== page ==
Construction Pandemic Timeline

A timeline of how the Pandemic has had an impact on the construction industry

COVID-19 has been inescapable for businesses and the construction industry is no different. While it may not have been as hard hit as some areas such as retail there has still been a significant impact. Many construction projects remained open during lockdown, but where has the impact in construction been and what are the key moments involved?

The First Cases

In February the UK got its first case of coronavirus. At this time there was a focus on herd immunity, because of this there is no mass testing plan in place. All businesses within the construction sector and all other industries continue to function as normal, at this time COVID-19 has yet to affect the workforce.

The World Health Organisation declares Coronavirus a pandemic status in March. Within the same month the Construction Leadership Council (CLC) sent a letter to the Prime Minister asking for construction sites to be kept open. This letter outlined the support the construction sector needed and the benefits to the economy in keeping sites open. CLC’s letter highlights the shift in tactic the government was about to take, at this time Italy was in full lockdown and the UK statistics were following the same trend.

Just 3 days after the CLC letter has been sent, on 20th March the UK Government closes schools. The closing of schools put pressure on some construction workers with children who are now at home and in need of home schooling, as most construction workers were not in the ‘key worker’ category outlined by the government they would not be able to send their children to school like NHS staff and Grocery workers could.

Lockdown Begins

On the 23rd March a national lockdown is announced, from February to March a lot has happened very quickly therefore construction sites and businesses haven’t had a chance to prepare. Construction work remains one of the sectors that is allowed to continue, including work on the HS2 project. Despite this, many construction projects start to grind to a halt due to safety concerns. The next day Matt Hancock announces that when it comes to construction, work could continue if workers stood 2 metres apart from each other. Due to the 2-metre rule it was logistically impossible for many sites to remain open.

At the end of March, the Secretary of State writes to the UK construction sector thanking it for the work being done to help combat the impact of the pandemic, including “building temporary hospital wards, installing complex and life-saving oxygen systems.” This is referring to the Nightingale Hospitals built round the country, with the largest being in London. The idea of these pop-up hospitals was to reduce the strain on the NHS and create additional Intensive Care beds available.

The Construction Industry Adapts

Entities within the construction sector, including the HSE and CLC, come together to find ways to make sites safe in early April. The main focus is implementing the Government’s social distancing requirements. Construction sites are keen to re-open where closed and are adapting quickly to include social distancing and site safety, it is a huge challenge for construction management.

Later in April the CLC issued a joint statement with the Department for Business, Energy & Industrial Strategy and the Infrastructure and Projects Authority. The statement called for construction businesses to pay in accordance with agreed contractual terms. Not long after this the CLC published Version 3 of the Site Operating Procedures. This includes information such as, guidance for those who have no choice but to share transport to work, and how to reduce the risk of transmission where social distancing of 2-metres cannot be achieved.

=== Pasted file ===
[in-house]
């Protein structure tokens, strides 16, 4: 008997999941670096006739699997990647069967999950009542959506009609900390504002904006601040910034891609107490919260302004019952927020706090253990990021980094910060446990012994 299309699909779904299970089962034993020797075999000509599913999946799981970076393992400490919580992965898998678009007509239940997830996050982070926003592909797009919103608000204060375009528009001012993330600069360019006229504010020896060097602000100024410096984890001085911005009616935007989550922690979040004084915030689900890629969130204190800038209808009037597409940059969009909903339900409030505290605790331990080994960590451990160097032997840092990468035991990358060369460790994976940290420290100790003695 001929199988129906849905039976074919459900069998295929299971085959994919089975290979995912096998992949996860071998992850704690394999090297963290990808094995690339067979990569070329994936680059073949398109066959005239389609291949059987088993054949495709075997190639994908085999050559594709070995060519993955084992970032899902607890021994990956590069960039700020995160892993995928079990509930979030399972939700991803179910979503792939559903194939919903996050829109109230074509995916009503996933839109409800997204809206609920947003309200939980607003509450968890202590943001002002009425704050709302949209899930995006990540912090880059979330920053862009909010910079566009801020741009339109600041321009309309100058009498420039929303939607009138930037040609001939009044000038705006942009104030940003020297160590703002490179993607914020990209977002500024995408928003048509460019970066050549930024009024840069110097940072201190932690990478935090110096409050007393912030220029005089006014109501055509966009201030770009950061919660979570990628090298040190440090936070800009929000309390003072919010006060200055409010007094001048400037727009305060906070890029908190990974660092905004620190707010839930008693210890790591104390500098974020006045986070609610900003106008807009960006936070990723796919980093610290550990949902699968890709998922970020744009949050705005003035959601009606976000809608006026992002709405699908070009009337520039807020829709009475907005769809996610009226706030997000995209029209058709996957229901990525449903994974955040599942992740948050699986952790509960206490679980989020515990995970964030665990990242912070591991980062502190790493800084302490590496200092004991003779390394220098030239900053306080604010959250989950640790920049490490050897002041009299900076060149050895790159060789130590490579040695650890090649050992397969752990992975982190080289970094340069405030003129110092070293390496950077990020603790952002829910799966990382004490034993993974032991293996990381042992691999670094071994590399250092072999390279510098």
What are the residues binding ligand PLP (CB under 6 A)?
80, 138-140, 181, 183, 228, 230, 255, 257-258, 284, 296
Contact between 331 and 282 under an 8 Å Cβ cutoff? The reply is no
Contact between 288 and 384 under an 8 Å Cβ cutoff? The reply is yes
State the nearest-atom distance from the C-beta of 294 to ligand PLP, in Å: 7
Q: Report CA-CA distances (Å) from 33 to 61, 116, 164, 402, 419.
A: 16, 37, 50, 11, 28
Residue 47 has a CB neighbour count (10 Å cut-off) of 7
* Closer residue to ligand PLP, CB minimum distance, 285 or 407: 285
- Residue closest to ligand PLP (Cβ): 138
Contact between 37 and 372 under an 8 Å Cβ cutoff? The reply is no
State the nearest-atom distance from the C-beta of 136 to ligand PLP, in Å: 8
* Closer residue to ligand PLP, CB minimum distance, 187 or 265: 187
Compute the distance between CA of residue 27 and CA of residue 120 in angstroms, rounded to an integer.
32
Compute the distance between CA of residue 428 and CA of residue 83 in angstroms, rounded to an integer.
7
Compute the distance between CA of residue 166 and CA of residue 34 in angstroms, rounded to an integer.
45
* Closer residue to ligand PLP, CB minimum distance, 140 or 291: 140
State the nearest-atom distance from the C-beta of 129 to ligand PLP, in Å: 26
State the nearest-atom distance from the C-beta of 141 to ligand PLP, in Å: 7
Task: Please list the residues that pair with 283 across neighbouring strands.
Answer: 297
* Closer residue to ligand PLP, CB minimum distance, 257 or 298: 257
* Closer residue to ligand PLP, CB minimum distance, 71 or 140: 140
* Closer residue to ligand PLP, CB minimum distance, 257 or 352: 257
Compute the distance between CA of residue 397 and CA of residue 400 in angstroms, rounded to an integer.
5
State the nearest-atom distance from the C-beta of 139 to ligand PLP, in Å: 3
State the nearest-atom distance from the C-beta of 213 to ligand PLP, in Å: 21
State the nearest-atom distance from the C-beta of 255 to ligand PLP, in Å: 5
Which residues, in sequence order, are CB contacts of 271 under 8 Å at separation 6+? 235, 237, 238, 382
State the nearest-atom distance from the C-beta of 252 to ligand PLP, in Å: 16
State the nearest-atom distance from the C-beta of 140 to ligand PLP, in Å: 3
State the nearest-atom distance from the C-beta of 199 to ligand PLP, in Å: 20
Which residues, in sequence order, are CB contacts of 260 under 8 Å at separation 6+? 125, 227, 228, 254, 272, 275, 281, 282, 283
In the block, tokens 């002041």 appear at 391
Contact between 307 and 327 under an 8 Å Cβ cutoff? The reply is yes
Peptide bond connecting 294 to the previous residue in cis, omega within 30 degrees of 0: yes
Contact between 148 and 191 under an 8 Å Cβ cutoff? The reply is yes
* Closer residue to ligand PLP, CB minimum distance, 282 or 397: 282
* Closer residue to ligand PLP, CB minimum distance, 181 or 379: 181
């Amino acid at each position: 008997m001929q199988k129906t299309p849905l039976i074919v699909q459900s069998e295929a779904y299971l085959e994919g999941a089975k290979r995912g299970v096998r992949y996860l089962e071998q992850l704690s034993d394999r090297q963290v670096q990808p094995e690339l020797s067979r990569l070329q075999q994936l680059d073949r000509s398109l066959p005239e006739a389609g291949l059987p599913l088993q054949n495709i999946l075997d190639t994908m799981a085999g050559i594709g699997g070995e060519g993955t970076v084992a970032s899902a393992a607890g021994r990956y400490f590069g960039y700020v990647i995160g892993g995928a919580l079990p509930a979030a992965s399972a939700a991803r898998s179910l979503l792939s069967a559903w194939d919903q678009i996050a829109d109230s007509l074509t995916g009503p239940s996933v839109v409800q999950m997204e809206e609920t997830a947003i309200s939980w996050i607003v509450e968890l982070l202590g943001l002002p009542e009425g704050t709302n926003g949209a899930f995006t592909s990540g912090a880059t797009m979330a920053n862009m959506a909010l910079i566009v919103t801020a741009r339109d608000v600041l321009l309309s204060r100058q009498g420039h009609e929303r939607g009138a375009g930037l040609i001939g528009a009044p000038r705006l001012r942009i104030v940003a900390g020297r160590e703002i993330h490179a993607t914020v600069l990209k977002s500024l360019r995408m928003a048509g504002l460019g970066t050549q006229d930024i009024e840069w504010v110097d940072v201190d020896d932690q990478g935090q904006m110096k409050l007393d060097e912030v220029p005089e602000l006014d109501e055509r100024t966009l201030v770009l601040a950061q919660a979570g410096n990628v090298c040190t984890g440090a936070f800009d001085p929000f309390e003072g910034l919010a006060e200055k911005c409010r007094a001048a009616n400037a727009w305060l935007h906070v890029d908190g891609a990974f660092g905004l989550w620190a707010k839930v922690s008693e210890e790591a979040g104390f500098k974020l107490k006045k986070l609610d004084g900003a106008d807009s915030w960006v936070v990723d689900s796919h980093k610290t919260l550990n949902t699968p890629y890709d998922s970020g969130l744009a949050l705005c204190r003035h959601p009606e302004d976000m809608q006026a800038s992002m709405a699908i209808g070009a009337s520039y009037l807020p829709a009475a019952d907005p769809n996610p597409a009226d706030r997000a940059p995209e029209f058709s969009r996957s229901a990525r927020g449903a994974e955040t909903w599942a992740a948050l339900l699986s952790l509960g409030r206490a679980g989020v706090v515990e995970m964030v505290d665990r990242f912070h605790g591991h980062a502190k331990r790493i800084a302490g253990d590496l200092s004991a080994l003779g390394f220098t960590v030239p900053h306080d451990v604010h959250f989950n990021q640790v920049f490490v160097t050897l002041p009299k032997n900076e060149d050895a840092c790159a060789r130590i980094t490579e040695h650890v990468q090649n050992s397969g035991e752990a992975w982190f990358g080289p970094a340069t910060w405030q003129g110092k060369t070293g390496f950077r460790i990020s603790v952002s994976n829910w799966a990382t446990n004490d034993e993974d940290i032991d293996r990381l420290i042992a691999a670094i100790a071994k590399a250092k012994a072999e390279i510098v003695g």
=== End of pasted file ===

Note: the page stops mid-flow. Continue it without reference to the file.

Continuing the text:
Reports of major construction firms shutting down sites, or re-opening sites after a temporary shutdown, dominate industry headlines in early to mid-April. Many conclude that the lack of PPE on site could be a breach of statutory duties such as those in Construction (Design & Management) Regulations 2015.

Return to Work

On 10th May the government announces an easing of lockdown. Construction is one of the top sectors in which the government urges people to return to work, including urban regeneration schemes. A number of developers announce plans to restart work on site almost immediately. To assist the safety of the construction industry a government ministerial statement allows for temporary extensions to working hours on some sites to facilitate safe working, this is positively received by construction management.
It’s announced on 23rd June that from 4th July the UK will switch from social distancing of two metres to “one metre plus” and pubs, restaurants and hotels will re-open. By this point most of the construction industry starts to return – or has returned – to work in line with government guidance. The one metre rule will make construction management for sites much easier and more efficient.

The food and retail and other non-essential industries are able to open in England, including hair dressers on 4th July, not long after this other non-essential service are able to open including salons and tattoo shops. The UK is seeing its ‘new normal’.

Impact on the Construction Industry

At the peak of the Pandemic the construction industry had 41% of staff on furlough, however unlike most industries this rapidly reduced to 29% by May. The impact of Coronavirus was huge, but RG Group and the construction industries ability to adapt quickly reduced this impact greatly. Find out more about the work RG Group do here.

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